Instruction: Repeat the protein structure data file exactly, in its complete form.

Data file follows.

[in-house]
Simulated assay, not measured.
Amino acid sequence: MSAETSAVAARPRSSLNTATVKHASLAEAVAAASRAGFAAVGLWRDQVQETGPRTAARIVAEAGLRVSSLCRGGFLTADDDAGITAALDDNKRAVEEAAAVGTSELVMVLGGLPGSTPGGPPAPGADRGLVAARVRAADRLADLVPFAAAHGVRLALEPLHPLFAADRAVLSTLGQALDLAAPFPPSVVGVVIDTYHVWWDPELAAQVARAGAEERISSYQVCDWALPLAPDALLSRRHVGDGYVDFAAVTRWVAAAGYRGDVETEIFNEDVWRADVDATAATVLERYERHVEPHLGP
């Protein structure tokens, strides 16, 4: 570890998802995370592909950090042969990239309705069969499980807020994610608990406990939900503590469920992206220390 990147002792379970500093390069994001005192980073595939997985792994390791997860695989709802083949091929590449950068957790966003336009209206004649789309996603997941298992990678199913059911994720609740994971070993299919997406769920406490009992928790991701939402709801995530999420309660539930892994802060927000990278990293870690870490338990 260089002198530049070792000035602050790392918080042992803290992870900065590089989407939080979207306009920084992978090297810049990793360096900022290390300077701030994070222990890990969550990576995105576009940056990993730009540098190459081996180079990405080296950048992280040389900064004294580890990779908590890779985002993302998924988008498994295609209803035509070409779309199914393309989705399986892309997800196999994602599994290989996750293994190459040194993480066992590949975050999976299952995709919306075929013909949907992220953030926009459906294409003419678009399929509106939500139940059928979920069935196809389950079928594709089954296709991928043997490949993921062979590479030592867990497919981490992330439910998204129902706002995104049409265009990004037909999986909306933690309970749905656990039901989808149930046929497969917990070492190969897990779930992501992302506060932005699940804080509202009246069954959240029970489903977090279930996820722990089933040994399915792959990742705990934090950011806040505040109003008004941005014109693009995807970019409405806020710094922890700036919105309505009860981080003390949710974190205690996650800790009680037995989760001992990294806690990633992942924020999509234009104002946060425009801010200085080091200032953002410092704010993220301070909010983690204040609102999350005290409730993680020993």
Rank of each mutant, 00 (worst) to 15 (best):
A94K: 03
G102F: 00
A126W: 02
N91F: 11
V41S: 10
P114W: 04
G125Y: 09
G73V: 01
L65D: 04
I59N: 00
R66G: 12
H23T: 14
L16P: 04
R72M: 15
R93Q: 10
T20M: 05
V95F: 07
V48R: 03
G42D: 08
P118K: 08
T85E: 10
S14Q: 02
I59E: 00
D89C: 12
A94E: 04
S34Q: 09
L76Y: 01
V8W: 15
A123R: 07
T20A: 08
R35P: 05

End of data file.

[in-house]
Simulated assay, not measured.
Amino acid sequence: MSAETSAVAARPRSSLNTATVKHASLAEAVAAASRAGFAAVGLWRDQVQETGPRTAARIVAEAGLRVSSLCRGGFLTADDDAGITAALDDNKRAVEEAAAVGTSELVMVLGGLPGSTPGGPPAPGADRGLVAARVRAADRLADLVPFAAAHGVRLALEPLHPLFAADRAVLSTLGQALDLAAPFPPSVVGVVIDTYHVWWDPELAAQVARAGAEERISSYQVCDWALPLAPDALLSRRHVGDGYVDFAAVTRWVAAAGYRGDVETEIFNEDVWRADVDATAATVLERYERHVEPHLGP
């Protein structure tokens, strides 16, 4: 570890998802995370592909950090042969990239309705069969499980807020994610608990406990939900503590469920992206220390 990147002792379970500093390069994001005192980073595939997985792994390791997860695989709802083949091929590449950068957790966003336009209206004649789309996603997941298992990678199913059911994720609740994971070993299919997406769920406490009992928790991701939402709801995530999420309660539930892994802060927000990278990293870690870490338990 260089002198530049070792000035602050790392918080042992803290992870900065590089989407939080979207306009920084992978090297810049990793360096900022290390300077701030994070222990890990969550990576995105576009940056990993730009540098190459081996180079990405080296950048992280040389900064004294580890990779908590890779985002993302998924988008498994295609209803035509070409779309199914393309989705399986892309997800196999994602599994290989996750293994190459040194993480066992590949975050999976299952995709919306075929013909949907992220953030926009459906294409003419678009399929509106939500139940059928979920069935196809389950079928594709089954296709991928043997490949993921062979590479030592867990497919981490992330439910998204129902706002995104049409265009990004037909999986909306933690309970749905656990039901989808149930046929497969917990070492190969897990779930992501992302506060932005699940804080509202009246069954959240029970489903977090279930996820722990089933040994399915792959990742705990934090950011806040505040109003008004941005014109693009995807970019409405806020710094922890700036919105309505009860981080003390949710974190205690996650800790009680037995989760001992990294806690990633992942924020999509234009104002946060425009801010200085080091200032953002410092704010993220301070909010983690204040609102999350005290409730993680020993």
Rank of each mutant, 00 (worst) to 15 (best):
A94K: 03
G102F: 00
A126W: 02
N91F: 11
V41S: 10
P114W: 04
G125Y: 09
G73V: 01
L65D: 04
I59N: 00
R66G: 12
H23T: 14
L16P: 04
R72M: 15
R93Q: 10
T20M: 05
V95F: 07
V48R: 03
G42D: 08
P118K: 08
T85E: 10
S14Q: 02
I59E: 00
D89C: 12
A94E: 04
S34Q: 09
L76Y: 01
V8W: 15
A123R: 07
T20A: 08
R35P: 05